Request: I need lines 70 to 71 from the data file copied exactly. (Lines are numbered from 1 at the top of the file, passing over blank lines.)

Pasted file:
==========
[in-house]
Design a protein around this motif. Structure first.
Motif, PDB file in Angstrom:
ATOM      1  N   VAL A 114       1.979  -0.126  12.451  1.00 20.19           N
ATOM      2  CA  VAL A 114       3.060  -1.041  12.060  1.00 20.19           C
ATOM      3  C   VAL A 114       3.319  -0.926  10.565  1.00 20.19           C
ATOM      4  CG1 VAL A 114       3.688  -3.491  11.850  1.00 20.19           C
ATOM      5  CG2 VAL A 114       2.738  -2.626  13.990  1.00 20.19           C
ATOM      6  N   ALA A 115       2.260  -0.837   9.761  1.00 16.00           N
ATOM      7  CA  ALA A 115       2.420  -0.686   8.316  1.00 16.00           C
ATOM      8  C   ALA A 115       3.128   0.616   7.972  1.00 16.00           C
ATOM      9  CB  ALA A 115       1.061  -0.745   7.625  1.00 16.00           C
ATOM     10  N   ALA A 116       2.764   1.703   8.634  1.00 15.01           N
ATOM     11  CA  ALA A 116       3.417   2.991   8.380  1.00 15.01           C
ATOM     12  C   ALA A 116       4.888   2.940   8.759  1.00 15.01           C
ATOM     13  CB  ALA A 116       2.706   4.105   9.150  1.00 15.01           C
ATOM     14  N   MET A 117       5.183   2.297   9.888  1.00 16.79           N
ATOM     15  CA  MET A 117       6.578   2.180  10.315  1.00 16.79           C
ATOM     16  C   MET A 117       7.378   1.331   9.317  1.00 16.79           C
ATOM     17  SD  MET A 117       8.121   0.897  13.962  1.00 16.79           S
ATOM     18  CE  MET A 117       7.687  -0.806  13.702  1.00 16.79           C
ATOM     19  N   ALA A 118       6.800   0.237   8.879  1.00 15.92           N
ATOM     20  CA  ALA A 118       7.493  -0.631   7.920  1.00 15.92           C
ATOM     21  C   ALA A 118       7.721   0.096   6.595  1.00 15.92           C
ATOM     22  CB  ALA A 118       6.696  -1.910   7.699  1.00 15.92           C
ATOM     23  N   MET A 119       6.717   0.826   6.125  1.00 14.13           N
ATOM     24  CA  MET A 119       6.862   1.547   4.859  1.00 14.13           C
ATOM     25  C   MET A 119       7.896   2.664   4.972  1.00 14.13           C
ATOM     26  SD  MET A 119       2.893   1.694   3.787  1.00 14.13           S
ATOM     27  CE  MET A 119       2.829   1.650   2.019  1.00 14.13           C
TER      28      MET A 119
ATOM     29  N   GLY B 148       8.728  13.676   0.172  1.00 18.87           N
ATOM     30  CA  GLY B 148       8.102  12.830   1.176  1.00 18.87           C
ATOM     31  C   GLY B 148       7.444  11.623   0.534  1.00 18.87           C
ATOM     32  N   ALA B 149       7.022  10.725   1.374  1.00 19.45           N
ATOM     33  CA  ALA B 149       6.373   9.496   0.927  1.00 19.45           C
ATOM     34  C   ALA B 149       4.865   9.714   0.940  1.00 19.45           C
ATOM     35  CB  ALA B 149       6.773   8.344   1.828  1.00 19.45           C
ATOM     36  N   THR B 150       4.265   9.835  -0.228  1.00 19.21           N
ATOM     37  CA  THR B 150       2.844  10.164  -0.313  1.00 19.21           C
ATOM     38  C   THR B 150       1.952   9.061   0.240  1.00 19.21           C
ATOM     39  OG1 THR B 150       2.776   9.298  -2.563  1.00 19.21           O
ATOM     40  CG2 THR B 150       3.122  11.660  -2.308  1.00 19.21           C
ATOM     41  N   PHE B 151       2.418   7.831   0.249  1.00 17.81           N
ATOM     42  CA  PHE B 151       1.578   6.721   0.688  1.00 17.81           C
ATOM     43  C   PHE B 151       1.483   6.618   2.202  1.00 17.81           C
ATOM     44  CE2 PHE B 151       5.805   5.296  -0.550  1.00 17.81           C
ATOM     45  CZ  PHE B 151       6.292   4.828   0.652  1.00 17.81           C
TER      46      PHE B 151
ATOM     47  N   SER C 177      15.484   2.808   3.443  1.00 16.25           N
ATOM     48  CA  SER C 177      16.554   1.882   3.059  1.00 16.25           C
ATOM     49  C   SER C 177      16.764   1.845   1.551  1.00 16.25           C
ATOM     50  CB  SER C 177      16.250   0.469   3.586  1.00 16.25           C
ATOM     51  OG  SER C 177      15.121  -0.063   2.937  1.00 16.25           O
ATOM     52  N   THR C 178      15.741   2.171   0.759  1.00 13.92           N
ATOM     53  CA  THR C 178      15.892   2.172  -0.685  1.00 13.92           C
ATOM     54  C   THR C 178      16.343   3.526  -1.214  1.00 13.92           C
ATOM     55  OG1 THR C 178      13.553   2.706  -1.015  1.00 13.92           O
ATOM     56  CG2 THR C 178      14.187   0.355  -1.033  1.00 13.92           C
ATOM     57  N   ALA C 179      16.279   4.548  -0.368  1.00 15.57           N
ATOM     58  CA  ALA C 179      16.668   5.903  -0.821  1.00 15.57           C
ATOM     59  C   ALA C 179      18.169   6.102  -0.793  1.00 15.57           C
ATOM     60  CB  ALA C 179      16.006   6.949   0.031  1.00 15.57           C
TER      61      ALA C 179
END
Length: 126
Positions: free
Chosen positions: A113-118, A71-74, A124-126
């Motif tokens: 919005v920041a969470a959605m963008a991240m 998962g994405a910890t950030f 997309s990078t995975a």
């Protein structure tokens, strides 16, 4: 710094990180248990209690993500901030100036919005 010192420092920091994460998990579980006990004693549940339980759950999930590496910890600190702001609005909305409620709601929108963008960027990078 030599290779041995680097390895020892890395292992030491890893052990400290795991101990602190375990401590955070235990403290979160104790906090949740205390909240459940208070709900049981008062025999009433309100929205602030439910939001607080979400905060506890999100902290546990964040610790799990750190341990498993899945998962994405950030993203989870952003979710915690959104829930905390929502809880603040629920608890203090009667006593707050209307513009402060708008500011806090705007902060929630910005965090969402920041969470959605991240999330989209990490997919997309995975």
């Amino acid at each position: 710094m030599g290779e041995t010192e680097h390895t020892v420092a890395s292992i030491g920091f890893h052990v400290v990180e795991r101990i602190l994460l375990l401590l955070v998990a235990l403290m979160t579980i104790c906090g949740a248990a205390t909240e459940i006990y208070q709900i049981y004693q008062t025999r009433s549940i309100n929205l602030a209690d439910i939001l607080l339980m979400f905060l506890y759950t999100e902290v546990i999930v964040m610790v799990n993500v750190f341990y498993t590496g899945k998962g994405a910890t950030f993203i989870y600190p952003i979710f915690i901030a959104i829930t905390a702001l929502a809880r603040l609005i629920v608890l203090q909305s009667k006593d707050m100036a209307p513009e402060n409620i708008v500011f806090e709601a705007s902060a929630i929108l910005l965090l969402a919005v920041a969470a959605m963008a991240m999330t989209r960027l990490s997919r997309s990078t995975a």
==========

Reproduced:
């Protein structure tokens, strides 16, 4: 710094990180248990209690993500901030100036919005 010192420092920091994460998990579980006990004693549940339980759950999930590496910890600190702001609005909305409620709601929108963008960027990078 030599290779041995680097390895020892890395292992030491890893052990400290795991101990602190375990401590955070235990403290979160104790906090949740205390909240459940208070709900049981008062025999009433309100929205602030439910939001607080979400905060506890999100902290546990964040610790799990750190341990498993899945998962994405950030993203989870952003979710915690959104829930905390929502809880603040629920608890203090009667006593707050209307513009402060708008500011806090705007902060929630910005965090969402920041969470959605991240999330989209990490997919997309995975």
């Amino acid at each position: 710094m030599g290779e041995t010192e680097h390895t020892v420092a890395s292992i030491g920091f890893h052990v400290v990180e795991r101990i602190l994460l375990l401590l955070v998990a235990l403290m979160t579980i104790c906090g949740a248990a205390t909240e459940i006990y208070q709900i049981y004693q008062t025999r009433s549940i309100n929205l602030a209690d439910i939001l607080l339980m979400f905060l506890y759950t999100e902290v546990i999930v964040m610790v799990n993500v750190f341990y498993t590496g899945k998962g994405a910890t950030f993203i989870y600190p952003i979710f915690i901030a959104i829930t905390a702001l929502a809880r603040l609005i629920v608890l203090q909305s009667k006593d707050m100036a209307p513009e402060n409620i708008v500011f806090e709601a705007s902060a929630i929108l910005l965090l969402a919005v920041a969470a959605m963008a991240m999330t989209r960027l990490s997919r997309s990078t995975a």